Birds Bathing in the Malibu lagoon:
Today, after seeking campsites and natural areas along the California coast, I found myself in the Malibu Lagoon. It was mesmerizing to see where all the birds come to do their rituals, hundreds of seagulls, and pelicans. I watched as the seagulls and pelicans bathed in the shallow waters. As I realized what was happening, I took out my binoculars and tracked one Seagull as it literally went one by one to several bathing stations, and an organized bathing system gently revealed itself. It was a task to keep focused on one seagull of so many, and as I contemplated the fiasco, I realized how important it is, biologically, for nature to mix up genes and offer a color mutation or variation which would enable someone to track and observe them. This would enable more people to see such a thing. If there was one black seagull, we could track its behavior and intent. Again a sign how the magic of diversity in nature can teach us so much, if we ask the right questions. One question, how do they collectively know to do such a thing?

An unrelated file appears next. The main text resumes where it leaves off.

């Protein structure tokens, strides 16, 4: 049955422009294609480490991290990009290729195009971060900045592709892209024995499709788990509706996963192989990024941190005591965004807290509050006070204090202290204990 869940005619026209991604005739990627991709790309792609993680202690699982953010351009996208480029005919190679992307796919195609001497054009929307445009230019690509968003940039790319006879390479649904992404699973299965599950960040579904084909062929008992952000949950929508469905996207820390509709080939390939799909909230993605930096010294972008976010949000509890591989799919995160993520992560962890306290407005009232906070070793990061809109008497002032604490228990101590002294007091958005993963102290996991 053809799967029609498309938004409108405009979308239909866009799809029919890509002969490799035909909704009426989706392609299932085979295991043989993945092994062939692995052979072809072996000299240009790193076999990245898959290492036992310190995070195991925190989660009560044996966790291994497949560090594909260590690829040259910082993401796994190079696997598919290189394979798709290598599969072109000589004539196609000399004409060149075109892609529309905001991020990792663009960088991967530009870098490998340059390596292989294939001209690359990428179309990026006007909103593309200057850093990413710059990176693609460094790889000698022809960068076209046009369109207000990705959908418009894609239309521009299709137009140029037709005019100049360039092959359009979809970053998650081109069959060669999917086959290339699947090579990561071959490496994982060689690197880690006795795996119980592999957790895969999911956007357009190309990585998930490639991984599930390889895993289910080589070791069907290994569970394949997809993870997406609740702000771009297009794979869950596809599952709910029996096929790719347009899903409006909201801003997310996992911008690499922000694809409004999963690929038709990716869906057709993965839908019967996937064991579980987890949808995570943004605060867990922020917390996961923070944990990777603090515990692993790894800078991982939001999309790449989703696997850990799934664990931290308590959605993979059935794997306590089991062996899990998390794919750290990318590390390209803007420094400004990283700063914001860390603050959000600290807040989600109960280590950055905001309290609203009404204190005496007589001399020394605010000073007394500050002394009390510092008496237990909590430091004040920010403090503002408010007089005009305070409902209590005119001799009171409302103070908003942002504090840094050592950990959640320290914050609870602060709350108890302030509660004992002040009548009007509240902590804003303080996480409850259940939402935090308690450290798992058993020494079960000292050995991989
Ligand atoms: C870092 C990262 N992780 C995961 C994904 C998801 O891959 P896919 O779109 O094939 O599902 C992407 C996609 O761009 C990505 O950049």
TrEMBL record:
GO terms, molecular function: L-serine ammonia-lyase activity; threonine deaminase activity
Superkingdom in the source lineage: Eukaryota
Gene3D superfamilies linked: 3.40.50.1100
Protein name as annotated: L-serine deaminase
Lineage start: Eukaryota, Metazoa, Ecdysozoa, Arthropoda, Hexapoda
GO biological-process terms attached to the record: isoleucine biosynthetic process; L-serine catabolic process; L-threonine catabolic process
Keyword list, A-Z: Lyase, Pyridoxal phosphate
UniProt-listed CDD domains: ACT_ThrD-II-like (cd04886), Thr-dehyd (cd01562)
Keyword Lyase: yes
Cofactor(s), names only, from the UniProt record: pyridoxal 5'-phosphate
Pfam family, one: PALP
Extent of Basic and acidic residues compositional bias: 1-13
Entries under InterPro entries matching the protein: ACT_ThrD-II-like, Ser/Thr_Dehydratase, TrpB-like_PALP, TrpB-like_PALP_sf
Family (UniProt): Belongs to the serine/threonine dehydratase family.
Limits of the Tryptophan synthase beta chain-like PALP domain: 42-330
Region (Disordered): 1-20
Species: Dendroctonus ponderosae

As I studied and focused in on this one, I watched it go from a self-dunking station, where every bird was bobbing and undulating to get water all over themselves, to the wading area to pluck each damaged feather systematically in shallow water. It seemed like this little bit of water helped to get the feathers off their beak. They then would fly to the beach to preen and clean themselves, to shake and fluff their entire bodies. The whole ritual probably takes each seagull about an hour, and I was amazed that I never even considered that such a thing occurred. It reminded me of being in India where the scene on the Ganga is always occurring in the same, people bathe in droves in the same way. This is a kind of community cleansing, and within it there is an intelligent, sophisticated and organized ritual, which literally is self-known and self-broadcast throughout the species. This kind of field knowledge is profound to watch, and would never be seen without a careful and systematic attempt to ask the right questions. Where does this organized intention come from?
The pelicans do the same thing. They have their own rhythm and ritual, as they have evolved long beaks, something unique to them which is a biological innovation perhaps dating to millions of years ago. I watched astonished as a pelican cleaned its entire body with the back of its head and its beak, reaching every space around its body. Of course! It was a miraculous yoga to see it move and turn those million-year-old muscles that it evolved in its neck for the purpose.
Feb 1, 2016Share on Facebook